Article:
If I mention group projects, you might think back to high school or college when you worked with five of your peers on a class project that may have been disorganized. When multiple family members act as caregivers, the process can feel like a chaotic group project with many moving parts and varying degrees of involvement.
Managing senior care with multiple family members can be stressful, frustrating, and often involves one person taking on the brunt of the work. For those who are caregiving with multiple caregivers, it’s important to learn what works best for you and your family.
Here at Avanlee Care, we’re well-acquainted with the intricacies of caregiving. I have a large family, with several people who want to be involved in caring for my grandmother. Being across the country, I want to stay connected with her in a way where she feels I’m present and she’s not lonely. Here are some of the struggles we overcame in managing her care with multiple family members.
Best Ways to Coordinate Care With Multiple Caregivers
Managing care with multiple family caregivers may seem like a daunting logistical task, but it doesn’t have to be. There are a few ways to get started organizing your family to simplify care for your loved one.
Delegating care and organizing your communication channels can help reduce some of the pain points associated with caregiving, and help mitigate some of the challenges that multiple caregivers may bring.
Let’s go over some helpful ways to work with multiple caregivers.
Clear, consistent communication among your senior’s caregivers
Communication is critical for effective caregiving and can get complex with multiple caregivers. Miscommunication is a common frustration among caregivers, with the overwhelming set of needs, like:
- Managing your senior’s medications
- Remembering important appointments
- Monitoring your loved one’s health
- Managing schedules (both for caregivers and care receivers!
- Simple tasks like shopping for groceries
Questions such as, “Who is handling what, when?” or, “Whose job is this?” might come up frequently.
Reduce miscommunication issues by clarifying and sharing caregiving roles, expectations, schedules, and tasks. Staying organized as a caregiving team is another critical component of streamlining care with multiple caregivers. Regular, clear communication will help prevent frustration later down the road.
Managing schedules for both caregivers and seniors
The average family caregiver spends 20 hours each week caring for their loved one. And that’s often on top of their own job, family and other responsibilities. Between your work schedule and managing meetings, kids, appointments, and a personal life, it can feel overwhelming to coordinate your loved one’s care while also considering the schedules of multiple caregivers.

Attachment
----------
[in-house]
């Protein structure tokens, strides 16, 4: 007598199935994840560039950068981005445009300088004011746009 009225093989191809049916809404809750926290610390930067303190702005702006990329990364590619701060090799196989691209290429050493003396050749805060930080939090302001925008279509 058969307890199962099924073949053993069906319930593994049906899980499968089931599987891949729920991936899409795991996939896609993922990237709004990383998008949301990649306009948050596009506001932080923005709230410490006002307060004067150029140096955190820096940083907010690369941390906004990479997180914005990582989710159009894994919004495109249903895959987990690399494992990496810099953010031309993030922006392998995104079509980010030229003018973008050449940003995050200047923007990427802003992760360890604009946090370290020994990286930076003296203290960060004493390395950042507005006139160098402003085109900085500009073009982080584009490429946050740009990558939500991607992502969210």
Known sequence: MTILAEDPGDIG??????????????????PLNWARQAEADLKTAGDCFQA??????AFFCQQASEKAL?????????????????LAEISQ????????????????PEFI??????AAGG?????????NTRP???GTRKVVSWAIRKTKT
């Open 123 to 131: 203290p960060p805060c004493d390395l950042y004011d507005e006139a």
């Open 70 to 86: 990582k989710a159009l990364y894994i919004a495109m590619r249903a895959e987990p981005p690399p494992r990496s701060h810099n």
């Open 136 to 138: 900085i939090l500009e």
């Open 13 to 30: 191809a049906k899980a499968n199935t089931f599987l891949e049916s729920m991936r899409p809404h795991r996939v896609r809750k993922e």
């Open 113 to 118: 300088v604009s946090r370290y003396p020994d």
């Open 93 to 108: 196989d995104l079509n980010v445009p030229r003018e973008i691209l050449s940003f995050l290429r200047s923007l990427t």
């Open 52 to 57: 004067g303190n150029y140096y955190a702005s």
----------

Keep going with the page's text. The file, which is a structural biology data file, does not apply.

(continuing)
Caregiving for my grandma was burying my mom and her sister because it was so time-consuming, and they had their own 9-5 jobs and families to take care of. Something needed to change to make it sustainable.
Most family members who provide care for seniors take on multiple tasks, managing the details of medications and medication schedules, buying groceries, and handling the other minutia associated with caregiving. It can get more complex when you add additional people into that mix, but it doesn’t have to be.
How to organize care among multiple family caregivers:
- Learn and use time management tips to help you stay on top of each detail associated with caregiving.
- Create a caregiving calendar and assign specific roles to each person to organize the distribution of tasks. Delegating roles and tasks can help family members share caregiving responsibility equitably, based on their own workloads.
- You can also make a caregiving “chore chart” or spreadsheet-based on who is available for what task—(bathing, groceries, house cleaning, medication management, driving to doctor appointments, etc.—and allocate tasks based on availability.
If caregivers live in different areas of the country, delegating will obviously not work for everyone, but family members can provide other means of support, such as emotional and financial help.
In my family, my mom and her sister are primarily the first point of contact with my grandma. They delegate and assign tasks as needed.
Coordinate Multiple Caregivers Using Avanalee
Caregiving apps like Avanlee can help mitigate fractured communication, disorganized schedules, and burnout that can come with managing multiple caregivers. We’ve taken the most important aspects of care and centralized them into one easy-to-use platform for family caregivers to remotely care for an aging parent. It can also help solve loneliness and distance, and most importantly: it’s built for a senior using technology.
Watching the physical and emotional stress my mother and aunts experienced as caregivers for my grandma and being part of that care team was a driver for why I created Avanlee.
My mother, aunts, and uncles find the Avanlee app extremely helpful while they manage my grandma’s care. All of my grandma’s caregivers—primarily the adult children—use it to coordinate care tasks, keep track of medications, and stay up-to-date on doctor appointments. My grandma loves that she has a way to stay connected with all of her grandkids, and most importantly—it’s easy for her to use.
Multiple Caregivers Can Be Successful With the Right Tools
With any caregiving journey—especially one that involves multiple caretakers—there will be a period of figuring out what works best for you and your family. That plan might need a few adjustments as you work out the right system and tools for you and your family members.
We’re excited about the next phase of where Avanlee is going, and we’re excited to help provide family caregivers the ability to get senior groceries and medications delivered remotely through our app so seniors can stay healthy and happy at home.